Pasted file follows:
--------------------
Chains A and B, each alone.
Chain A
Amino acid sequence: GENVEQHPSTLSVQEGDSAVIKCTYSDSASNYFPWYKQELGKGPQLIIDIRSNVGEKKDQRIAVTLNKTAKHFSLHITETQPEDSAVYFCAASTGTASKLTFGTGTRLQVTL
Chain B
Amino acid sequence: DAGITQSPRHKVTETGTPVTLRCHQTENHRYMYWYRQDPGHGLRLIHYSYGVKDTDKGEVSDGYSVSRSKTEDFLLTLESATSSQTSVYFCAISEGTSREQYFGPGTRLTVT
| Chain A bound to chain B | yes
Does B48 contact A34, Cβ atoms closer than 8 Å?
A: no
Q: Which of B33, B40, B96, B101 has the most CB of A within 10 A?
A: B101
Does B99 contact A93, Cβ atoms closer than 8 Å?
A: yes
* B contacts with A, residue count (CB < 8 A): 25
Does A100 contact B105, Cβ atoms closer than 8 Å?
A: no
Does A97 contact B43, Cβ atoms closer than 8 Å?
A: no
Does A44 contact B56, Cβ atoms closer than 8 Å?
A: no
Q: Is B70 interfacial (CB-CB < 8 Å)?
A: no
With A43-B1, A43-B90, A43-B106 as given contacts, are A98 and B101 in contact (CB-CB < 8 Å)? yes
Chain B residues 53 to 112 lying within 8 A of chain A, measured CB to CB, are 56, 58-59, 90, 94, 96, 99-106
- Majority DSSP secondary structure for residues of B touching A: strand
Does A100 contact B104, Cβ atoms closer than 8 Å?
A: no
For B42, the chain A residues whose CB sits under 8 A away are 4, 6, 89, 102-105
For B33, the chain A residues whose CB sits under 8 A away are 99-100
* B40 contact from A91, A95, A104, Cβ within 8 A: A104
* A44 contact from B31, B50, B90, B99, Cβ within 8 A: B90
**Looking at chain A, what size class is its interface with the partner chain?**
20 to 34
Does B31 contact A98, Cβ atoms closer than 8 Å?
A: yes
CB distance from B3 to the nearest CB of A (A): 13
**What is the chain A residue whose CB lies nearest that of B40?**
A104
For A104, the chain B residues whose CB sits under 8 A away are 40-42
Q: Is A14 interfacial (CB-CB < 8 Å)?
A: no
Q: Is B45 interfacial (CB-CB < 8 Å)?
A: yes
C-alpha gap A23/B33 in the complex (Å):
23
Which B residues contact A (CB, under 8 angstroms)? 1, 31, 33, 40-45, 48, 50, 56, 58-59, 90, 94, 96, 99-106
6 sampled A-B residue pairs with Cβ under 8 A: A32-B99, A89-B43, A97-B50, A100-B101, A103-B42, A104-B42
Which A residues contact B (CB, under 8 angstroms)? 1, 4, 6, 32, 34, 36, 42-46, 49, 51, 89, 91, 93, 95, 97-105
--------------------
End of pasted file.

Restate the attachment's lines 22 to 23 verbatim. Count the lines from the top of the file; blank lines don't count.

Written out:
With A43-B1, A43-B90, A43-B106 as given contacts, are A98 and B101 in contact (CB-CB < 8 Å)? yes
Chain B residues 53 to 112 lying within 8 A of chain A, measured CB to CB, are 56, 58-59, 90, 94, 96, 99-106